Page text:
April 26, 2007

Wingfield's Letter

Justin Katz

Inasmuch as it is difficult to discuss a document that is not readily available to the public, herewith is Ethan Wingfield's letter of resignation as Chairman of the College Republican Federation of Rhode Island (printed with permission):

To all,

I write this evening to announce my resignation as Chairman of the College Republican Federation of Rhode Island, effective at midnight, tonight. The petty in-fighting in this organization, led by arrogant and immature personalities, is beyond belief. Labeling vitriol, arrogance, and dogmatism as "getting work done" is quickly developing a dominant culture within this organization with which I will not associate. Over the past year, I have worked to change the organization into one that will invite interest among its members, command respect from the community, and promote dignified discourse on the college communities throughout this state. However, others involved in the organization have not contributed the maturity, hard work, and political will necessary to accomplish this much-needed transformation. Sadly, this is the second year in a row that a chairman has attempted to accomplish this, and also the second year in a row that culminated in the resignation of the chairman under similar circumstances.

Under my leadership, CRs from Brown, PC, and RWU logged hundreds of hours working on campaigns leading up to the November elections. We launched a comprehensive website. The Federation held a successful fundraiser, hosted by prominent Providence Republicans, drawing donors from all over the state. The Roger Williams University chapter has been reestablished and is among the strongest in the state, after only two semesters of activity. College Republican involvement and activity is at an all-time high in this state. I am proud of the work I have done, but fear for the future of this organization.

Edmund Burke, the Irish statesman, is esteemed by many to be the father of modern conservatism. In his book, "Reflections on the Revolution of France," Burke wrote, "But what is liberty without wisdom, and without virtue? It is the greatest of all possible evils; for it is folly, vice, and madness, without tuition or restraint."

As I leave this post, College Republicans around this state have created multiple controversies by exercising our liberty of free speech. We are conservatives, not liberals. Use wisdom, and be virtuous when you exercise free speech. Do not use your liberty to incite your campus against you: the purpose of this organization is to grow and support the Republican party, and that end will only be accomplished when our message is one that appeals to the ordinary sensibilities of every individual. Seek rapport with your campus so that you can win their hearts and minds.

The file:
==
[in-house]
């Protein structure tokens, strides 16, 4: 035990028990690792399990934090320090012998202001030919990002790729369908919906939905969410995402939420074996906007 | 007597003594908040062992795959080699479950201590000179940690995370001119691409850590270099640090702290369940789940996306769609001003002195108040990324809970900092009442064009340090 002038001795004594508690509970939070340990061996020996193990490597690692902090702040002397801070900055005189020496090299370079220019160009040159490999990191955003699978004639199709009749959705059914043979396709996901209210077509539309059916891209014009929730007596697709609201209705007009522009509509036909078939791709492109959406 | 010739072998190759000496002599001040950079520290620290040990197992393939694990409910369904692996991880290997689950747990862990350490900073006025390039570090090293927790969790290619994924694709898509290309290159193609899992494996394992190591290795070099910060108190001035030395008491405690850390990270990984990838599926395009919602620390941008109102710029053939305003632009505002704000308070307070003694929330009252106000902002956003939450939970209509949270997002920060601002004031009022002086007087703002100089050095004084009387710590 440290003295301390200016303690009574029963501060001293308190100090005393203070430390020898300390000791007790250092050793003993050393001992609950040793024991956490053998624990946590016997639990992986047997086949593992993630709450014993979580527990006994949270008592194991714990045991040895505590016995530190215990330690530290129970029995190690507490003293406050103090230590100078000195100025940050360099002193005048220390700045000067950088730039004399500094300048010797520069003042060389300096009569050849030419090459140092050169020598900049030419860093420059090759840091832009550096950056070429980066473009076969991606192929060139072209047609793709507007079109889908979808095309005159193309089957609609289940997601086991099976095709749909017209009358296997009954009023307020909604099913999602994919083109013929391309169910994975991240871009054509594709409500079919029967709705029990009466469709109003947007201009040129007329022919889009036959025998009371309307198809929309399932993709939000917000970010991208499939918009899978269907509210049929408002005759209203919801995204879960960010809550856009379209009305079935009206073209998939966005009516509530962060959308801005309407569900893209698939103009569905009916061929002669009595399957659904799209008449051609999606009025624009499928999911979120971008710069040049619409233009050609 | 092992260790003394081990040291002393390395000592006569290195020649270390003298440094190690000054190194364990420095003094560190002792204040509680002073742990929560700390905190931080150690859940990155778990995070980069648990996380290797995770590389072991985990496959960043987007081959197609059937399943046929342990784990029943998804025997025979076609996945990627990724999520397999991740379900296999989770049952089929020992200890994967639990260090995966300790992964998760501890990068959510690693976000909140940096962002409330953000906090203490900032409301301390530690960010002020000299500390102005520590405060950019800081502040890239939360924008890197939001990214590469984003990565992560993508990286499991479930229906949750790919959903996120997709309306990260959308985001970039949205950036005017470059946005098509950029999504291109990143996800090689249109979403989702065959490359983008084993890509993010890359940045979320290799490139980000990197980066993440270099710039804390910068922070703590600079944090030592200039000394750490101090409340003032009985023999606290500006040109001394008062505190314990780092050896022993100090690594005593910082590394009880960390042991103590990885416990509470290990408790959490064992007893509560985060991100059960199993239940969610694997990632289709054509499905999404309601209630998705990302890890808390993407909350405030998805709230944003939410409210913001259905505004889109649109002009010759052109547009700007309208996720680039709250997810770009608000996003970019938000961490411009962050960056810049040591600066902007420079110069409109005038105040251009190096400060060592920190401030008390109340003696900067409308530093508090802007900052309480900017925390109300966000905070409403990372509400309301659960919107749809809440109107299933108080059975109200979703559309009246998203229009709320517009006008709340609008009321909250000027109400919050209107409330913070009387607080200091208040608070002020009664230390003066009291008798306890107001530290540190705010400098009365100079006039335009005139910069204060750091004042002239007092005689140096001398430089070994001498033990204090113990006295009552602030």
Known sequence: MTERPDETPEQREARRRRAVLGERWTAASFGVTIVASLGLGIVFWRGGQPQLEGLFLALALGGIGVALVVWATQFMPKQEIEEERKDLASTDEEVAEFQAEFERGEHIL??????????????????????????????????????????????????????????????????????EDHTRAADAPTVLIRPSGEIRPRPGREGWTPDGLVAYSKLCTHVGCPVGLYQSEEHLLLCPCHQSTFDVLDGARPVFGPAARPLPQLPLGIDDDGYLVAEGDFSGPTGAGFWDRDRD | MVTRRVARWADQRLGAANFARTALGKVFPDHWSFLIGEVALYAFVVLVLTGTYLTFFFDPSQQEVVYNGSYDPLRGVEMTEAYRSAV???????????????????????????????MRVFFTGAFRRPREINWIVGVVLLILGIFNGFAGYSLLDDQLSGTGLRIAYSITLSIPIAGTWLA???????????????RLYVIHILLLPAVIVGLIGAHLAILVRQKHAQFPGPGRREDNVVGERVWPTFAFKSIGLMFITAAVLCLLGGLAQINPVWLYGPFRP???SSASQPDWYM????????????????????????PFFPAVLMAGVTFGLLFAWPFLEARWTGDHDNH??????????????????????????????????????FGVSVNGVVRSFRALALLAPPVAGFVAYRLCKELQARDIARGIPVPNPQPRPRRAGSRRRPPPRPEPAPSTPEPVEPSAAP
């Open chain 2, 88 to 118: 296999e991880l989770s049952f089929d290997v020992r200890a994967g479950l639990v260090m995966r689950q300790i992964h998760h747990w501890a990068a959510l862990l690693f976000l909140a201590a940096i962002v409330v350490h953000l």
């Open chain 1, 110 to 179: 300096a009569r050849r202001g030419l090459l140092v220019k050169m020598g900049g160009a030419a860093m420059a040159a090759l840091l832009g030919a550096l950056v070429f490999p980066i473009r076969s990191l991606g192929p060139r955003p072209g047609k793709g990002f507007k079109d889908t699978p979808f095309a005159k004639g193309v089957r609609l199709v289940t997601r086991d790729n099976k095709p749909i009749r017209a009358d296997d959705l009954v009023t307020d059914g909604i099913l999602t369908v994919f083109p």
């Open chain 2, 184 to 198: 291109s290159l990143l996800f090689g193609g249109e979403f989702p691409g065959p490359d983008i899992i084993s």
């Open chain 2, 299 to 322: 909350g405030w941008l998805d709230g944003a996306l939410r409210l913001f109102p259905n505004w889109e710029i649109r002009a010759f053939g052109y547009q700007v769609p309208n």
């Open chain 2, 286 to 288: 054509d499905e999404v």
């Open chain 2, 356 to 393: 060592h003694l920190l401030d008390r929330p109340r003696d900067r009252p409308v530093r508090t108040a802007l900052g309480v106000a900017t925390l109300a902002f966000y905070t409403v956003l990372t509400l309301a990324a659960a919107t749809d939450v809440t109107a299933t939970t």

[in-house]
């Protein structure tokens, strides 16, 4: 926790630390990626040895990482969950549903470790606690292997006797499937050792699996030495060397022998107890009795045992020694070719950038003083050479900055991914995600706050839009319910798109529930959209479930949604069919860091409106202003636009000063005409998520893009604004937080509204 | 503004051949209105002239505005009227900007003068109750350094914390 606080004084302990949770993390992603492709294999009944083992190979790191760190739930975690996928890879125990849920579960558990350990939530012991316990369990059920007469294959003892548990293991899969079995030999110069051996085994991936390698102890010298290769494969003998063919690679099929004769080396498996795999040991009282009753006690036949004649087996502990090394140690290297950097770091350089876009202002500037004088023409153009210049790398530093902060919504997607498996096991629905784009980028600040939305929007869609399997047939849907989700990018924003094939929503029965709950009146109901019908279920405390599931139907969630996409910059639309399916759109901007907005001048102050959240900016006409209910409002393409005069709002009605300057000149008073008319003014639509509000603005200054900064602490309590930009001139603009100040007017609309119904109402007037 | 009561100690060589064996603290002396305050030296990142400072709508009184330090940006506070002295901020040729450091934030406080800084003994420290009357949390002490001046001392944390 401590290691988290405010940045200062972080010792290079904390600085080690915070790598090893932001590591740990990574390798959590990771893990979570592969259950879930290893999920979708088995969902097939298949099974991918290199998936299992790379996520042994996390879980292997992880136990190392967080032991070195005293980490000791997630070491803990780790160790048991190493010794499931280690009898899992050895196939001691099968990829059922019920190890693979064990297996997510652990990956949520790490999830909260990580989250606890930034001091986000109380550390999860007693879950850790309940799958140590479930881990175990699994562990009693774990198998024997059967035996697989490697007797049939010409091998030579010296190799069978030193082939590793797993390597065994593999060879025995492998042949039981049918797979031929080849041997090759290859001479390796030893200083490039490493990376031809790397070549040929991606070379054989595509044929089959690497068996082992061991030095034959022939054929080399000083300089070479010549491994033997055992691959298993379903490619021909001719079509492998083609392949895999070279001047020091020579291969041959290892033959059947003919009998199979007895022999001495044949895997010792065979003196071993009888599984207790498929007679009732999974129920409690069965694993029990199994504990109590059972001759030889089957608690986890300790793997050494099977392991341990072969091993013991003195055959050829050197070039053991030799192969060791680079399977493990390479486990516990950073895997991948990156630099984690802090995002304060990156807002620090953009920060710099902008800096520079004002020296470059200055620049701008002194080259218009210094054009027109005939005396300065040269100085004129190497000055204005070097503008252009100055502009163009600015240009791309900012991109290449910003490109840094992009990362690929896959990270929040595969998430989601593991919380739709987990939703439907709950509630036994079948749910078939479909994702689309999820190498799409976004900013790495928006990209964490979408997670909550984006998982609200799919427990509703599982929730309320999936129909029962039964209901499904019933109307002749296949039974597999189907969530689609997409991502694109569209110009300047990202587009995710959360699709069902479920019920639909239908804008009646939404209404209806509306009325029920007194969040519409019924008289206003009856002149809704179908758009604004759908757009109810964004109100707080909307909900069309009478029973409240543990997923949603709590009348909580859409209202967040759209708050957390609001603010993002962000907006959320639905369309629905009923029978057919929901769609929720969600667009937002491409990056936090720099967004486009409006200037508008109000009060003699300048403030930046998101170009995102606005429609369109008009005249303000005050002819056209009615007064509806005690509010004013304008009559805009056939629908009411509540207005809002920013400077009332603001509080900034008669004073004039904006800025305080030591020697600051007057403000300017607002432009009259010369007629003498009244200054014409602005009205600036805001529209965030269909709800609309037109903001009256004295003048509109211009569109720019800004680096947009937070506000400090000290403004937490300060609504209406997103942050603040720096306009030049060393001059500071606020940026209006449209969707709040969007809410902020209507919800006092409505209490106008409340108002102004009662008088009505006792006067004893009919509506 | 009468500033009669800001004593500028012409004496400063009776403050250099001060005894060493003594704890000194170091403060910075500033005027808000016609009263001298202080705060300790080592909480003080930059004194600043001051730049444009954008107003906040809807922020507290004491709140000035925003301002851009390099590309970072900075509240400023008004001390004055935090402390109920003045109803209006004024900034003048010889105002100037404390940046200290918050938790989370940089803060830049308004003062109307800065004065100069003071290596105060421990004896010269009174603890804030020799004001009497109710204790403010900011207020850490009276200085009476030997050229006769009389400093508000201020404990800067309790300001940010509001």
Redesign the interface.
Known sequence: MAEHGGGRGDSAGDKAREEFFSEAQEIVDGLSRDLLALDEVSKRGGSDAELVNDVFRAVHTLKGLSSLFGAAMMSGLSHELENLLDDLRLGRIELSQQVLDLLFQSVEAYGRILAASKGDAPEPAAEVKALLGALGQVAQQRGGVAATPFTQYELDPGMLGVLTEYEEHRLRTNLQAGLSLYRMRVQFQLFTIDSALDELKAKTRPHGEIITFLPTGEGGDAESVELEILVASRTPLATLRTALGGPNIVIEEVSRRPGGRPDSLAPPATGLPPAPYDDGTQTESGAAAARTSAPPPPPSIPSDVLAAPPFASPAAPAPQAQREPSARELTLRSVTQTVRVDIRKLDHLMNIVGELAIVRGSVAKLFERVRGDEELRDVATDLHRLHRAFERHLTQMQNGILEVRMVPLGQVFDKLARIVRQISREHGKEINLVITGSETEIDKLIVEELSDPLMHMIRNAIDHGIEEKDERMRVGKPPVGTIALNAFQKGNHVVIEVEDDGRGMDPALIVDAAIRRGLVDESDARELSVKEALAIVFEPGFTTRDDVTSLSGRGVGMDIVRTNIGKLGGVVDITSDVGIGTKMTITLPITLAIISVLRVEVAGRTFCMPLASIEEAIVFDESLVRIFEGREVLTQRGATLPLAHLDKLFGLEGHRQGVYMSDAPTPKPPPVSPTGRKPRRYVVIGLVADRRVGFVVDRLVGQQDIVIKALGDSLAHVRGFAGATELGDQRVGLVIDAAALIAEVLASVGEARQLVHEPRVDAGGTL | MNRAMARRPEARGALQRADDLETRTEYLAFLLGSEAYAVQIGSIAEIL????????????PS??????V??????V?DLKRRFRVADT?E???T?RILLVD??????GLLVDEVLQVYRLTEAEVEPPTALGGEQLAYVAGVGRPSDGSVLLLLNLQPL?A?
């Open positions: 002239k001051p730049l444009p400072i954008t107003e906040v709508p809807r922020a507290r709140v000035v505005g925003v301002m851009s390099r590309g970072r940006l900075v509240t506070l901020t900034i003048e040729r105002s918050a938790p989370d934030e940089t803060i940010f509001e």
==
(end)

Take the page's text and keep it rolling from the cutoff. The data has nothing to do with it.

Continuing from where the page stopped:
As you seek rapport with your community, work tirelessly to put the culture and mission of this organization back on the right track. Seek guidance from the state party and esteemed Republicans throughout the state. Be sure to include and encourage; maintain a relentlessly positive message to leaders and members. If this does not happen, then the Federation will become irrelevant to the strong chapters in this state, and useless to the chapters that are weak.

All my best,


Observing, first of all, that the usages of "our liberty of free speech" that Wingfield finds objectionable appear to be associated in his mind with a more characteristic trend among his peers, I have to admit frankly that I — manifestly not a Chafee Republican — share his concern, more broadly among conservatives, that "vitriol, arrogance, and dogmatism" are finding free rein under the excuse of "getting work done."

Perhaps I differ from Wingfield in that I think using "liberty to incite your campus against you" is a valid strategy (metaphorically, for most of us, of course). However, I am less and less confident that it is being done out of deliberate strategy, as opposed to the sheer self-gratifying joy of subversion and recognition.

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If you had to make a list of the top-10 problems on American campuses today, I don’t think “too much free speech by conservatives” would crack the list. I find the letter's restrictive tone concerning free speech to reflect a strange choice of priorities.

Posted by: Andrew at April 26, 2007 1:19 PM

While I'm all for civil discourse, I'm not for it at the expense of adhering to one's principles or values. Sometimes you just have to take a stand on what you believe in, regardless of the consequences.

Posted by: Will at April 26, 2007 4:50 PM


I don't know enough about Wingfield's priorities to assess their strangeness. I will say this as a general proposition, though: Political speech and political organizations are more means than ends. If a member of a political organization believes that the methods of his peers are undermining the objectives that he takes to be the group's, that problem could easily top his personal list of priorities.

Posted by: Justin Katz at April 26, 2007 4:59 PM
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